okay. we will walk through this slowly.

    If we already have the ability to feed the entire populace of the earth based off of a small percentage of arable farmland....

    what do you think is the total current agricultural capacity of the planet?



    and, more importantly, given the massive increases over the past few decades in capacity, what in the world makes you think that that number is fixed?

  5. #125
    Enemy Combatant
    Kandahar's Avatar
    Join Date
    Jul 2005
    Location
    Washington, DC
    Last Seen
    10-15-13 @ 08:47 PM
    Gender
    Lean
    Liberal
    Posts
    20,688

    Re: What is the biggest problem facing humanity?

    Quote Originally Posted by cpwill View Post
    There will be nothing "gradual" about it. Capital is extremely fungible. Three Fourths of US dollars are held overseas. When it becomes obvious that the US intends to monetize it's debt (aside from all the other problems that will cause), most of those will come crashing home, and they will do so very quickly. The dollar is the note of the Federal Reserve, and there will be a world-wide run on the bank. US Borrowing Rates will soar, and the United States will be caught in an interest rate spiral, meaning that we will have to inflate the monetary supply by 10% of GDP every year just to be able to spend all the money we have promised, and that is before the world dumps the dollar as the reserve and oil currency. We will shift into hyperinflation, and for a short time annualized rates could rise to the triple digits. With no domestic demand for Treasury Bonds that now pay far below inflation, the abilities of the Fed to combat that will be roughly nil. Japan will probably not last as we know her for another 5 years - even at the ridiculously low interest rates provided by her massive domestic savings rate (which we lack), too many are retiring and being replaced by too few workers. That means that there won't be any net domestic savings to keep that rate low. The money will flee from Europe to Japan and the US, and then when it realizes that Japan is a doomed ship, it will flee to the US, and then investors (who no longer trust sovereign debt) will look with a jaundiced eye to see if our downgraded bonds are trustworthy... just as it is becoming obvious that we intend to monetize the debt.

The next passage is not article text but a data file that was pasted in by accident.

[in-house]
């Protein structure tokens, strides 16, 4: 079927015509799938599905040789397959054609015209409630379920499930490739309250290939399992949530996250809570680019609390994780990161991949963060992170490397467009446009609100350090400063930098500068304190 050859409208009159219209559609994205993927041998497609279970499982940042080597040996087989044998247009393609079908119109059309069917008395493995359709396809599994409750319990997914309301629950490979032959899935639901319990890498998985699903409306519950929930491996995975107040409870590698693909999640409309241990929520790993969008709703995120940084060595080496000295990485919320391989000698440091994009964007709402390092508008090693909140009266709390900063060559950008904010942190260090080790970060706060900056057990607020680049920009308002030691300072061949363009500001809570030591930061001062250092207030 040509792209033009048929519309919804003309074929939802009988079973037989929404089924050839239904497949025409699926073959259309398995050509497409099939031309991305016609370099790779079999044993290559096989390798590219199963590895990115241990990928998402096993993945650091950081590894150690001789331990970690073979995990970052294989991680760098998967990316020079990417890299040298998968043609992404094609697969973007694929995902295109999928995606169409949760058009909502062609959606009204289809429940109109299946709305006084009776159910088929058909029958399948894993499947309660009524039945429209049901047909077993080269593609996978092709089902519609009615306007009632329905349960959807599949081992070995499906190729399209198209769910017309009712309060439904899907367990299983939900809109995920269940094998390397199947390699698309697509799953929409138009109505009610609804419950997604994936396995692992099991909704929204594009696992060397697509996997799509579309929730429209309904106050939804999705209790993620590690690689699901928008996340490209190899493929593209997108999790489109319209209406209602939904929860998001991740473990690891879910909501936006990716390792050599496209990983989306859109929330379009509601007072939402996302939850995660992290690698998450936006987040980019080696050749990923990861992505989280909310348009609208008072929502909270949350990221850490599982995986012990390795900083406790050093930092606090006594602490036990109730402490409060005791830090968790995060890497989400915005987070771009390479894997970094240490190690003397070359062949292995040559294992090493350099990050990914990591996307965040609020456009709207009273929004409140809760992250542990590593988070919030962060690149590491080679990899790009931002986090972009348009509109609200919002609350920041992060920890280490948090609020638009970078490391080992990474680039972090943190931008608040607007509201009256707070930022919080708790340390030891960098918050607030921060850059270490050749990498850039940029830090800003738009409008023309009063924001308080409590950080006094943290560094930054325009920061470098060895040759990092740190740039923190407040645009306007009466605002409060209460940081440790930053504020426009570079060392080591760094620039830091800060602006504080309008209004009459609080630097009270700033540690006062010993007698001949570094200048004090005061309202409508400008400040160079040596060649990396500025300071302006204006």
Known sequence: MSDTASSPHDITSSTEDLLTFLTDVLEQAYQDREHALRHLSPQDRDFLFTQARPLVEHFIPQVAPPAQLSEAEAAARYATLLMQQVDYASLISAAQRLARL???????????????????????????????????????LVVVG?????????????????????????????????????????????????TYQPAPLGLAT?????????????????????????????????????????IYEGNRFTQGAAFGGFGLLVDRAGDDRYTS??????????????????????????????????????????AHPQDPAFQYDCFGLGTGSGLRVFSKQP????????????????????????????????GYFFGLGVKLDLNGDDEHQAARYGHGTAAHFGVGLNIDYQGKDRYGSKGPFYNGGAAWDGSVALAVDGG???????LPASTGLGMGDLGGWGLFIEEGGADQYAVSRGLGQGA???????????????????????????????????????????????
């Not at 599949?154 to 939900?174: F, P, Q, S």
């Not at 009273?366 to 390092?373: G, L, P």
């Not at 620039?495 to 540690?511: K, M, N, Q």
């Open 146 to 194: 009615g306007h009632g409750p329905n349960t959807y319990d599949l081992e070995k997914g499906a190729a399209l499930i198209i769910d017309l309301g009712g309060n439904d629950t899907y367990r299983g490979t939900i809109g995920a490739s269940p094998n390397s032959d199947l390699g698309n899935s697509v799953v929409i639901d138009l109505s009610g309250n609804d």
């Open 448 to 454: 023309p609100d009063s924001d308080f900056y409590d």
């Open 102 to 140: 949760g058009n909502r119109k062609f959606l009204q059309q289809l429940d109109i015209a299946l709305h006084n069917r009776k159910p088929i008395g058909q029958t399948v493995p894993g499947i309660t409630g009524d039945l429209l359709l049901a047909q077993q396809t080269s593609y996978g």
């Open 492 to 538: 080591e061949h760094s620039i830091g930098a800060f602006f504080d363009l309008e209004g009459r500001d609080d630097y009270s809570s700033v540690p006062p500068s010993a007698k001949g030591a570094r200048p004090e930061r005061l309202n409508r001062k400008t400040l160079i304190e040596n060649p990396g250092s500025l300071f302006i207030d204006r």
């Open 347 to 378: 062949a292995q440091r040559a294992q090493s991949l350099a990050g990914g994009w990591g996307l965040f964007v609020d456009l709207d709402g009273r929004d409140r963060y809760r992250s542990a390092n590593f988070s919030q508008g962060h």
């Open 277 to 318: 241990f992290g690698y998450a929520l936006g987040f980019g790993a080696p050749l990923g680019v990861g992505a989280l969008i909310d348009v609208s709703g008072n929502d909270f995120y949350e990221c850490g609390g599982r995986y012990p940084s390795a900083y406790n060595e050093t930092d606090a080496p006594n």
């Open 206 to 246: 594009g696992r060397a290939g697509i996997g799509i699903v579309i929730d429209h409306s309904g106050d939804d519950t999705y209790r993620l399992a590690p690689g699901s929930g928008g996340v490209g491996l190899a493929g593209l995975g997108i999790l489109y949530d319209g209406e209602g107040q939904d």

If investors were at all worried about that doomsday possibility - for either the US or Japan - it isn't being reflected in the markets. Furthermore, it has been obvious for over 100 years that the US intends to "monetize the debt" (if you mean not pay it back). The US hasn't actually paid back its debts since Andrew Jackson was president, it just pays the interest and attempts to grow the economy faster than it grows the debt...and that arrangement is OK.